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Richmond residents sue city to slow Geary bus project

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Merchants call review of decade-old plan “fundamentally flawed”

An articulated bus on the 38 Geary Route. Christian Munoz

Sometimes lawsuits are themselves the final step in San Francisco’s legislative process.

Although the Geary Bus Rapid Transit Project was in the works for over a decade before finally advancing to something like the home stretch in January, a lawsuit filed on Friday aims to slow it down again.

The BRT would, among other things, create long stretches of bus-only red lanes along the length of Geary to help the constantly muddled, jam-packed 38-Geary bus line avoid the constant snare of traffic.

But a group calling itself San Franciscans for Sensible Transit sued the SFMTA and a city transit board last Friday, calling the bus project a “thruway which destroys the quality of life and economic health of the Richmond District.”

The 60 or so petitioners claim that the project’s Environmental Impact Report was a bum deal and accuse the city of “blessing the pre-ordained outcome without responding to public comment.”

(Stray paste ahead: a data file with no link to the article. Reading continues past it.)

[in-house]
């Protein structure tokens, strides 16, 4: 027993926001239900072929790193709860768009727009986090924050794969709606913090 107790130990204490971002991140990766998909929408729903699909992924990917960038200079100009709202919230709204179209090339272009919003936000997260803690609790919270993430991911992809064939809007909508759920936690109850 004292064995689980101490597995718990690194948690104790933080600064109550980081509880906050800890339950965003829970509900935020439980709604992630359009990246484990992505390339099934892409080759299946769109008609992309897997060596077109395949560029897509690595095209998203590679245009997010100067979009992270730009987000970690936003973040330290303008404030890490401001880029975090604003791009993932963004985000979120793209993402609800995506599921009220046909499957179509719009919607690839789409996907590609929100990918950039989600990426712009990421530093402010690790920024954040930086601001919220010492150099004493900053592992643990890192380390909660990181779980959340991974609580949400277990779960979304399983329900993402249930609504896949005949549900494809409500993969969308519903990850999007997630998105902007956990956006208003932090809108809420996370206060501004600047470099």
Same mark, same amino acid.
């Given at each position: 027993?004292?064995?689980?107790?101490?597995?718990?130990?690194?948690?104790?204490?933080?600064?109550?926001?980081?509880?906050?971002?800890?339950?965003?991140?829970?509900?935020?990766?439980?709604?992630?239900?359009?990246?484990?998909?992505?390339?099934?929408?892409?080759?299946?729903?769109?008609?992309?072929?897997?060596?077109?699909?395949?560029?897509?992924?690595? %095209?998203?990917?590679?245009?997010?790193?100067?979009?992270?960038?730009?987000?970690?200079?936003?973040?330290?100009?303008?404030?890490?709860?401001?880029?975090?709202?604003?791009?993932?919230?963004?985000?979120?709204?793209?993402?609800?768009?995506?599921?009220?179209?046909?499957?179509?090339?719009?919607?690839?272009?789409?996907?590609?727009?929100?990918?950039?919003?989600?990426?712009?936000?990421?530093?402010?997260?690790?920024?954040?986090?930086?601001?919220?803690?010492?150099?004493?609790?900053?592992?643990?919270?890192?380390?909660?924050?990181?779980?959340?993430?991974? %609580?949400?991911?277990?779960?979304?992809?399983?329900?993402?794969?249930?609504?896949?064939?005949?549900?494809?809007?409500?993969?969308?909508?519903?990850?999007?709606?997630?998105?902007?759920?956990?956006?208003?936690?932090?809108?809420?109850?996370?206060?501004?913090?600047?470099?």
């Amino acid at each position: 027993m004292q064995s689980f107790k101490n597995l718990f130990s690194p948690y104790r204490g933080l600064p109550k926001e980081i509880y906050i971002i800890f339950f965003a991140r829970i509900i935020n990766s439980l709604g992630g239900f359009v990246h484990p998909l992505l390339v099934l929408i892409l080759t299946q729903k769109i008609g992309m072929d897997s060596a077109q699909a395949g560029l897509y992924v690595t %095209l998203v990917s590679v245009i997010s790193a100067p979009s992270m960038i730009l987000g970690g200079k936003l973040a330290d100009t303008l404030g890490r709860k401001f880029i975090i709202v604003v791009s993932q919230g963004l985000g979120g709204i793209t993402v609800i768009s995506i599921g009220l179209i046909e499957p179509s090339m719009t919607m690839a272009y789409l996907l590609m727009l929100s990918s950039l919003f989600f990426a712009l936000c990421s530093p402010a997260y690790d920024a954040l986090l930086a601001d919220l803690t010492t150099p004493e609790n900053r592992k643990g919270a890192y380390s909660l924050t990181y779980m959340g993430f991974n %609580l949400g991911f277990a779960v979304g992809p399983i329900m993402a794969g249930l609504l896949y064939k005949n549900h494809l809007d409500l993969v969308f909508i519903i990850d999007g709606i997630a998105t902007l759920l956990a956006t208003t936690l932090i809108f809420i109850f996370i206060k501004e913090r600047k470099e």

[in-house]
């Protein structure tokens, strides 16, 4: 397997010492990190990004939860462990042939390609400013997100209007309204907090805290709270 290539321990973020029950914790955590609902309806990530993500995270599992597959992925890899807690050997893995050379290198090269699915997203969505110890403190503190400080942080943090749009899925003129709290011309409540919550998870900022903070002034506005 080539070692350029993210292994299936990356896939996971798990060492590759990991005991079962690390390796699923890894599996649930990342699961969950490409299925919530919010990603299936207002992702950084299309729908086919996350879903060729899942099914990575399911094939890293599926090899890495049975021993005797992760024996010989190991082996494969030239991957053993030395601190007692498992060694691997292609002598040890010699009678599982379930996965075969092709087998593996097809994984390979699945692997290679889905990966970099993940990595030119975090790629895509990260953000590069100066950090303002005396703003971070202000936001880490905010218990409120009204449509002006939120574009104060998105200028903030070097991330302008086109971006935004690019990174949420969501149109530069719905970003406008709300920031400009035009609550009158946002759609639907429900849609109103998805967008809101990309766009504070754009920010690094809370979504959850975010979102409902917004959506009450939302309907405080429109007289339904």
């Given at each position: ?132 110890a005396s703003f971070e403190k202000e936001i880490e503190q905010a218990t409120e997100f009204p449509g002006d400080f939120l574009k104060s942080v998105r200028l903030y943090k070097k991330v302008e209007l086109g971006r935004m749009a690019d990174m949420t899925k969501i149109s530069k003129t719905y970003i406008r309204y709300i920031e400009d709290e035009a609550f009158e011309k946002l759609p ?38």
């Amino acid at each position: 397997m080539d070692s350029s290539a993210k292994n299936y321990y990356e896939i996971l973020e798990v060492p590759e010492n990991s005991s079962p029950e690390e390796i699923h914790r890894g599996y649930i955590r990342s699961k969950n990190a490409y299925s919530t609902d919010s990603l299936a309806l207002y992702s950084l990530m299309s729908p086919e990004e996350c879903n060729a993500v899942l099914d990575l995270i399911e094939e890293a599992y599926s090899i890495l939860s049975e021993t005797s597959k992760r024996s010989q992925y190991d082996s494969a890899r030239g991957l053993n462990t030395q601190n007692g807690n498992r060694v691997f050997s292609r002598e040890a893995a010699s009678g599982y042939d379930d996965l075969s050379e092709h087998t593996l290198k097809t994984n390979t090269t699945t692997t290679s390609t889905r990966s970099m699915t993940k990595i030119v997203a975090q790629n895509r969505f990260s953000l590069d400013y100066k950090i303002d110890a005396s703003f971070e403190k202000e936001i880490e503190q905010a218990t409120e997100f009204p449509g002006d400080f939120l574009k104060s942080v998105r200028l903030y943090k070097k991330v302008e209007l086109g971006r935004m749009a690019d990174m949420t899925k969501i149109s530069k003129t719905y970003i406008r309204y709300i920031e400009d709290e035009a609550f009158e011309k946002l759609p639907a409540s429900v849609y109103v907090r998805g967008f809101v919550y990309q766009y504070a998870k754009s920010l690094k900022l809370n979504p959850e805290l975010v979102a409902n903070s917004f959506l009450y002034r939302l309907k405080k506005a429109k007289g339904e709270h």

Among other things, the suit aims to do the following:

Vacate and set aside approval for the project, vacate and set aside certification for the final EIR, issue an injunction to restrain from taking any action to carry out the project pending public hearing, [and] evaluate the No Build Alternative.

Octoferret

The suit alleges that the no-build alternative is the better option for speeding up Geary. Despite its name, the no-build option doesn’t simply leave the corridor as-is.

The improvements it suggests are more modest and in line with those planned for some other parts of the city, including:

  • Adding traffic signals to certain stretches that lack them now.
  • Fixing up degraded pavement, particularly between 27th and 33rd avenues.
  • Adding 14 pedestrian crossing bulbs throughout the corridor.
  • Deferring to the Muni Forward plan for Geary improvements.

The suit asks the city to slow down rather than stop the BRT entirely, and to go back over the Environmental Impact Report, which Richmond merchants and neighbors involved in the suit call “fundamentally flawed.”

Neither SFMTA nor attorneys for the plaintiff were immediately available to comment. One local who worked on the citizens advisory committee for the bus project told the San Francisco Examiner that the suit was “a delay tactic by a small number of individuals in our community who haven’t liked it all along.”